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This is why you get colds in summer

Ever end up sneezing, blowing your nose and feeling, well, coldy during the summer months?

Some put it down to hayfever, others think they’ve picked something up on a plane but rarely do people assume they have the same thing they had in the deep, dark, depths of December. Turns out, colds aren’t caused by the cold.

We spoke to Dr Luke Powles, Lead GP at Bupa Crossrail and Kings Cross Health Clinics, to find out everything you need to know about the summertime illness…

Is a summer cold the same thing as a normal cold?

“There are a number of different strains of the cold; however there isn’t one specifically caused by the warmer months. It may come as a surprise, but the common cold isn’t actually caused by the temperature or seasons at all. It’s caused by the spread of cold viruses.

“Anecdotally I do see more people catching a cold in the winter months, but this may be  because we tend to bunch more around others indoors when it’s cold making it easier for viruses to spread.”

Are any particular strains of cold more dominant in some seasons?

“There is some evidence to suggest that the Enterovirus (one type of cold virus) can be more prevalent during the summer months, however you’re likely to experience similar symptoms to other strains of the cold regardless of what time of the year it is.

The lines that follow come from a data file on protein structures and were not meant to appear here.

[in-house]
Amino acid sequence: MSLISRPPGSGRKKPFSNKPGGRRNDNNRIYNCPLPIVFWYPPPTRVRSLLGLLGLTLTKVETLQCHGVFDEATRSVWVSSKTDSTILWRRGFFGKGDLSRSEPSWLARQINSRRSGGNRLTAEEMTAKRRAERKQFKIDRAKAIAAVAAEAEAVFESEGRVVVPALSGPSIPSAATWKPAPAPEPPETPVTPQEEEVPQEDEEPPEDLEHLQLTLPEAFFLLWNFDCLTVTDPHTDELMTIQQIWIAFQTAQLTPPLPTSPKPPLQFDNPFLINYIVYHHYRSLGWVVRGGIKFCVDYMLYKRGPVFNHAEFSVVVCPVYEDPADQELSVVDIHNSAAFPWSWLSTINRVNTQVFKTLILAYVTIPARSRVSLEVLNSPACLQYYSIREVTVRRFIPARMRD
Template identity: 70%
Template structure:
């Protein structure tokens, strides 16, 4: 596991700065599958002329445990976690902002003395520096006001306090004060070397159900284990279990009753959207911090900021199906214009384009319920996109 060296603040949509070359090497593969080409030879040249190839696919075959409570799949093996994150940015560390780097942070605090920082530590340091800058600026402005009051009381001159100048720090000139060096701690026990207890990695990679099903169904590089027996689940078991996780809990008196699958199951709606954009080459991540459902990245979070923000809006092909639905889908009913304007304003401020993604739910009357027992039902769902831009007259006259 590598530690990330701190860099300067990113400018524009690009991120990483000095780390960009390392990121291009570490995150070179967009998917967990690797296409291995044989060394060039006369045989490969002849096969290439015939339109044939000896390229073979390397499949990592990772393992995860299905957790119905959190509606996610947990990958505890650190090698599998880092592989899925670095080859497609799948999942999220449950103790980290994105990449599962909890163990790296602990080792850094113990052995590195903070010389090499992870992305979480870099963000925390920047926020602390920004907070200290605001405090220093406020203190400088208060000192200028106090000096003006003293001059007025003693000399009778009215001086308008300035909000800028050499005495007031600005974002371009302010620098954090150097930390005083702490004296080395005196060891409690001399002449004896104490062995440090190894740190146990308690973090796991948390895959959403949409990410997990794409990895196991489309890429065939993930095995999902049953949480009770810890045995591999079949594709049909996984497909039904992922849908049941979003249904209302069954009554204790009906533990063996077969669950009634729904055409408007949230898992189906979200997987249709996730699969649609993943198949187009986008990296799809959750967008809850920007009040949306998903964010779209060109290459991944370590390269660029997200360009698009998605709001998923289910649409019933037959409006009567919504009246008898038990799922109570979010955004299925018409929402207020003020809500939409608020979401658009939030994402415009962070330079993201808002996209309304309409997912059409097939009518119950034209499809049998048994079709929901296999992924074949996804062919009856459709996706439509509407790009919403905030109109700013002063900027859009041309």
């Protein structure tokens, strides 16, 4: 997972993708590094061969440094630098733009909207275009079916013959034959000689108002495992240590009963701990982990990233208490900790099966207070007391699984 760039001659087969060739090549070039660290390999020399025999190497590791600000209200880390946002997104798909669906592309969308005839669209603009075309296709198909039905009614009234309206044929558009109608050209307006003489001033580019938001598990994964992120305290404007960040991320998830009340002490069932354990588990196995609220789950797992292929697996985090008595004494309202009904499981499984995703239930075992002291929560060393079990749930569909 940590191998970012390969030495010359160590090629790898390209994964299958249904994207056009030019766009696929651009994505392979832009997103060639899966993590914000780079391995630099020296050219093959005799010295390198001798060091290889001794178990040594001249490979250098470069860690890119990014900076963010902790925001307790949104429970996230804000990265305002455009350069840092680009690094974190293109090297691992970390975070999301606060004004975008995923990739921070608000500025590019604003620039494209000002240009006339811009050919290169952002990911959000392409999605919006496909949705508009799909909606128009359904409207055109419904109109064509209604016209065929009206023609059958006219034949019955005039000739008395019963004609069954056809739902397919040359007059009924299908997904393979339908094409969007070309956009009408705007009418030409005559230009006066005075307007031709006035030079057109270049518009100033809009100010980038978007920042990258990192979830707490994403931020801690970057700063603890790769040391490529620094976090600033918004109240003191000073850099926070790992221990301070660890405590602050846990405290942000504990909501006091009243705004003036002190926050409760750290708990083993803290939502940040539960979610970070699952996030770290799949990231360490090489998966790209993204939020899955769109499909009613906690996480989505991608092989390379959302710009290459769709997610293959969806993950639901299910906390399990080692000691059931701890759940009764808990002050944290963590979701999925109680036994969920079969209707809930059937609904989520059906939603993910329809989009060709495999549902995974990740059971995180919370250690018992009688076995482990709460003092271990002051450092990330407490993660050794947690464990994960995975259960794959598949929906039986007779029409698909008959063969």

“It’s not uncommon to mistake a common cold for seasonal allergies as the symptoms can be quite similar (runny nose, sore throat etc.). One quick way of checking is by looking what is in the tissue after blowing your nose. If it is not clear in colour, and is thicker in consistency, then it’s more likely to be a cold.”

What are common symptoms?

“Common symptoms of a cold include a stuffy and snotty nose, sore throat, cough, feeling feverish and sneezing. You may also experience a cough and sometimes vomiting. If you start to experience muscle or body aches you may have caught the flu.”

How should you treat a cold in summer?

“As you would treat a cold in the winter, drink plenty of water, gargle with salt water to help a sore throat, and try nasal decongestant drops or sprays to clear up congestion in the nose. Nasal decongestants should not be used for more than five days as they can have the reverse effect if overused. Take paracetamol, ibuprofen or aspirin to relieve any pain you may have.”